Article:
The Day The Music Died
Copyright © 2005 Dorian Scott Cole
Is the music dying? I suppose nearly everyone recognizes the words "The Day The Music Died" from the American Pie song. The words refer to the day of the plane crash that killed some of Rock and Roll's early noteworthy figures, Buddy Holly, Ritchie Valens, and J.P. "Big Bopper" Richardson.
I always heard Don McLean's song as a metaphor for the place of music, specifically Rock, in the hearts of minds of people - a phenomenon that captured the world and presumably knows no bounds. Even artists who performed lesser known songs of the 1960s still get royalties on music that is still sold around the world.
As a radio announcer in the '60s, that catered to a wide audience, I learned to like all kinds of music. Through the years I have tried to stay "in tune" with whatever turns the music market took. Some of it was challenging (Metallica, Grunge, Rap), but I hung in there. On this Web site, I've written about the importance of music as gleaned from the perspective of concentration camp survivors.
In that article on meaning, I wrote: "Frankl and the others began to appreciate beauty. In the barrenness that surrounded them, unable to be creative or express themselves in any way, they were forced into an inner life and they gained a much greater appreciation of beauty - nature, art, music. I think that beauty is not just the result of contrast, but actually shows what life can be, especially in a symbolic way."
Music seems to be inextricably entwined with meaning in our lives. Why does it show signs of dying? In some ways, Rock represented several generations of people. It gained a foothold in '50s (or earlier), became entrenched in our lives in earnest in the '60s, and from the '70s through the '90s Rock spoke for the angst, hopes, dreams, questions, and struggles of people.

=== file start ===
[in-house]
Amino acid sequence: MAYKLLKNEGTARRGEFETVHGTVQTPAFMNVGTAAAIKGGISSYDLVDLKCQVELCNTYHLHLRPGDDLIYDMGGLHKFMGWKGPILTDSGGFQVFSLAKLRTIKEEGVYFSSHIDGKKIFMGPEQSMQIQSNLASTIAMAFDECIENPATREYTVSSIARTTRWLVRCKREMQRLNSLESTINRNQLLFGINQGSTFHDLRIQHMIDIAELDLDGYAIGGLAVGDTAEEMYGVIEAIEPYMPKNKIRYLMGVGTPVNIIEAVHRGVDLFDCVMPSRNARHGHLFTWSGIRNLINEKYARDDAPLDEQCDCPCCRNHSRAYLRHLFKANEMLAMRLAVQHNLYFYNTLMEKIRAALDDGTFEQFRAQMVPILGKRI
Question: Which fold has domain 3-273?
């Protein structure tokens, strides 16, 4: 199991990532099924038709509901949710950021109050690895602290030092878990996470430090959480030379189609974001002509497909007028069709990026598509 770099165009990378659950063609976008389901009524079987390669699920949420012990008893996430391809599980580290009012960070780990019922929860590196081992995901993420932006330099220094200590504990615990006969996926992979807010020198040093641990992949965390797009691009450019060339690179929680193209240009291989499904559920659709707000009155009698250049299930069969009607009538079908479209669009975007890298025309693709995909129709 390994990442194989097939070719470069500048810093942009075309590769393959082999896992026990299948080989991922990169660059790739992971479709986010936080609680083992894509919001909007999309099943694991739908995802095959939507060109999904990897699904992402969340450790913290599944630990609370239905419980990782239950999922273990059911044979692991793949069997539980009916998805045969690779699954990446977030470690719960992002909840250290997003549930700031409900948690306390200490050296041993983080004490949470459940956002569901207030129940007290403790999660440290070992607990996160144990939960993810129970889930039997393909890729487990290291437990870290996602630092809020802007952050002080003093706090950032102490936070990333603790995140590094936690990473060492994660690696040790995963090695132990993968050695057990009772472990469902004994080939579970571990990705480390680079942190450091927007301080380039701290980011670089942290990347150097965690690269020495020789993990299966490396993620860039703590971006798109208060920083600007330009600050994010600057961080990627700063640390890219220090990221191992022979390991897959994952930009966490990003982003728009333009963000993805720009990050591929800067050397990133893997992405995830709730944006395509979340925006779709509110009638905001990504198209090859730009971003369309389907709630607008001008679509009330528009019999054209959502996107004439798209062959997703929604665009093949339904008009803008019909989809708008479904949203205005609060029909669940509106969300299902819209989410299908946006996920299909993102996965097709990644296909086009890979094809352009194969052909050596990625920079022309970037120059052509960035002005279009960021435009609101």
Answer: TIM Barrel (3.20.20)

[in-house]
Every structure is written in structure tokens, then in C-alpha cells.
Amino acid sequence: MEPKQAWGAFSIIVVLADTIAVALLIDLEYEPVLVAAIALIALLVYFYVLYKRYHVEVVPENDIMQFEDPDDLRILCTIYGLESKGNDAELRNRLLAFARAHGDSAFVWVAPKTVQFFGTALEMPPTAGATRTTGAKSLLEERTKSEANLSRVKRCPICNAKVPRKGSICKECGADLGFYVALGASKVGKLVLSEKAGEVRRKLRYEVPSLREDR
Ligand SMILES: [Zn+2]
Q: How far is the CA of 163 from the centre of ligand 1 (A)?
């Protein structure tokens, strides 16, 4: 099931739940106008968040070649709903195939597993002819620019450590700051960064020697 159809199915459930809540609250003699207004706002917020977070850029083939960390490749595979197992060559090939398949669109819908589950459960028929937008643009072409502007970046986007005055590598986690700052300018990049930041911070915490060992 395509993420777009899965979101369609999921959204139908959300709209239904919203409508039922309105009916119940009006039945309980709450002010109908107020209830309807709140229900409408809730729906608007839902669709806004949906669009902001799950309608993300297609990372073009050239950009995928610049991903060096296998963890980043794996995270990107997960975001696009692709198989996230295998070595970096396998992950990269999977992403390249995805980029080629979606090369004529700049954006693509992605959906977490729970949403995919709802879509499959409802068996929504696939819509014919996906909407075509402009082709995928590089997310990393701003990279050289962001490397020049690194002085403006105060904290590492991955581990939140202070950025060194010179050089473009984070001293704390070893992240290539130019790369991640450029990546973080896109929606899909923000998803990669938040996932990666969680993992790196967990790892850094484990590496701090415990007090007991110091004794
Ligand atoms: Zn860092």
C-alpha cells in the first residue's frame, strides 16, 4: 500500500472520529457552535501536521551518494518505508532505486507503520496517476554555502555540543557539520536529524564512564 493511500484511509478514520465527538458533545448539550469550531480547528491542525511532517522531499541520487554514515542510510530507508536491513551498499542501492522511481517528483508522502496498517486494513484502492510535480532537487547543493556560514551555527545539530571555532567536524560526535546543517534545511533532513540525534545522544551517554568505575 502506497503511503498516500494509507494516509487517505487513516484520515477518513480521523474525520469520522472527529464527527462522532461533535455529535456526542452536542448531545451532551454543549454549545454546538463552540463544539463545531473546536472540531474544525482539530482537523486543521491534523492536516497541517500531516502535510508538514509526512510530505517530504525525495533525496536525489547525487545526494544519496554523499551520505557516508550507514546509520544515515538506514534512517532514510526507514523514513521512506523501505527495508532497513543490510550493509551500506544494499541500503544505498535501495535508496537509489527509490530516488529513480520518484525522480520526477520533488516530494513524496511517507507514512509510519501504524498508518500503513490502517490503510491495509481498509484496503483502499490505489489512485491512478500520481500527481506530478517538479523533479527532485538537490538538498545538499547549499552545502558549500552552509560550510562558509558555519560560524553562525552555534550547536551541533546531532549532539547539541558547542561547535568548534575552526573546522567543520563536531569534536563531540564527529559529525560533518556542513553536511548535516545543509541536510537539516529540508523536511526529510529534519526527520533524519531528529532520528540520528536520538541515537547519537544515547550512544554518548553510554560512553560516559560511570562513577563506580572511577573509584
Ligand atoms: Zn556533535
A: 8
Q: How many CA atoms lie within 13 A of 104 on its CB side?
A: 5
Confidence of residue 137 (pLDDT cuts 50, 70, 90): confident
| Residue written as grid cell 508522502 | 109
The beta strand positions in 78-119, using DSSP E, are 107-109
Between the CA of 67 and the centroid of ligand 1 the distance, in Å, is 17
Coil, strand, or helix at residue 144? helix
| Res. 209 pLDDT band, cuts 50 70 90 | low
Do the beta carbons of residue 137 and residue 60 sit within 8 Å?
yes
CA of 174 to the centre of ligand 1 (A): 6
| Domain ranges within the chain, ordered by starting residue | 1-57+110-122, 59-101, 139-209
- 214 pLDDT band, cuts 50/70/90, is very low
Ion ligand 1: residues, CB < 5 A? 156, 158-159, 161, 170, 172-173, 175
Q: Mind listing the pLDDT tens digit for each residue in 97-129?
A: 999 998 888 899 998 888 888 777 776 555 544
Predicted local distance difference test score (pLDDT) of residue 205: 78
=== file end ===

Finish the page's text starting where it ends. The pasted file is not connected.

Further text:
The Rock of the '60s was fun, and it was hopelessly romantic. Some arrangements were simply instrumentals (Telstar and Walk Don't Run) - something rarely heard today. But Rock also had a serious side: it was also about rebellion and protest; about idealism, justice, individual freedoms, and the restrictions of an oppressive status quo. Rock spoke for people - it said what they wanted to say, what they wanted to think about - it was a symbol of a generation. But Rock was multigenerational. It kept reinventing itself. By the '70s it was about free sex (or love), and by the '80s it represented a generation disenchanted with hopeless romance, and more centered on materialism. By the '90s it seemed to go in many directions, and it wasn't nearly as much fun anymore, but it made it into the new century. Barely.